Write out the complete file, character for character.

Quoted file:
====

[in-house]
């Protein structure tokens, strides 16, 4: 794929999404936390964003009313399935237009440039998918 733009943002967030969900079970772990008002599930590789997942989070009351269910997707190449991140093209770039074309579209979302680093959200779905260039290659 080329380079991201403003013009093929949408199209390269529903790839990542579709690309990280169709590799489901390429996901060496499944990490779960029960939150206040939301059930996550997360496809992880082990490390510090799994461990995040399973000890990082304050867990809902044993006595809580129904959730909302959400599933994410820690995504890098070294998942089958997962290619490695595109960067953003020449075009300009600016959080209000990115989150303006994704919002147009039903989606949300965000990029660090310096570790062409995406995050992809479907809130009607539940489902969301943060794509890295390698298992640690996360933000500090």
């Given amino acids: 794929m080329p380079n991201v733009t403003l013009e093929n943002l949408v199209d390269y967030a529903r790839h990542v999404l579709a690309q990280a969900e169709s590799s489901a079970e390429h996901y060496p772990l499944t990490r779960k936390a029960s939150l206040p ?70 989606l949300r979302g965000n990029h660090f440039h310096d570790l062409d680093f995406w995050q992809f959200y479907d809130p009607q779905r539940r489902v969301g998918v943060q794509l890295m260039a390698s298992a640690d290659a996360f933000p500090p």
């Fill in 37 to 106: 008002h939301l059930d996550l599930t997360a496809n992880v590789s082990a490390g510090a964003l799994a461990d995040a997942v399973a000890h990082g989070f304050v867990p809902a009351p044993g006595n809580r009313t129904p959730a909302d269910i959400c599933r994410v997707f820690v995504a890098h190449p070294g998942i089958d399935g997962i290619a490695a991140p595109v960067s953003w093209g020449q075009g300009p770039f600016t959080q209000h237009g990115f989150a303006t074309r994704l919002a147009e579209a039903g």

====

[in-house]
């Protein structure tokens, strides 16, 4: 794929999404936390964003009313399935237009440039998918 733009943002967030969900079970772990008002599930590789997942989070009351269910997707190449991140093209770039074309579209979302680093959200779905260039290659 080329380079991201403003013009093929949408199209390269529903790839990542579709690309990280169709590799489901390429996901060496499944990490779960029960939150206040939301059930996550997360496809992880082990490390510090799994461990995040399973000890990082304050867990809902044993006595809580129904959730909302959400599933994410820690995504890098070294998942089958997962290619490695595109960067953003020449075009300009600016959080209000990115989150303006994704919002147009039903989606949300965000990029660090310096570790062409995406995050992809479907809130009607539940489902969301943060794509890295390698298992640690996360933000500090």
């Given amino acids: 794929m080329p380079n991201v733009t403003l013009e093929n943002l949408v199209d390269y967030a529903r790839h990542v999404l579709a690309q990280a969900e169709s590799s489901a079970e390429h996901y060496p772990l499944t990490r779960k936390a029960s939150l206040p ?70 989606l949300r979302g965000n990029h660090f440039h310096d570790l062409d680093f995406w995050q992809f959200y479907d809130p009607q779905r539940r489902v969301g998918v943060q794509l890295m260039a390698s298992a640690d290659a996360f933000p500090p």
């Fill in 37 to 106: 008002h939301l059930d996550l599930t997360a496809n992880v590789s082990a490390g510090a964003l799994a461990d995040a997942v399973a000890h990082g989070f304050v867990p809902a009351p044993g006595n809580r009313t129904p959730a909302d269910i959400c599933r994410v997707f820690v995504a890098h190449p070294g998942i089958d399935g997962i290619a490695a991140p595109v960067s953003w093209g020449q075009g300009p770039f600016t959080q209000h237009g990115f989150a303006t074309r994704l919002a147009e579209a039903g």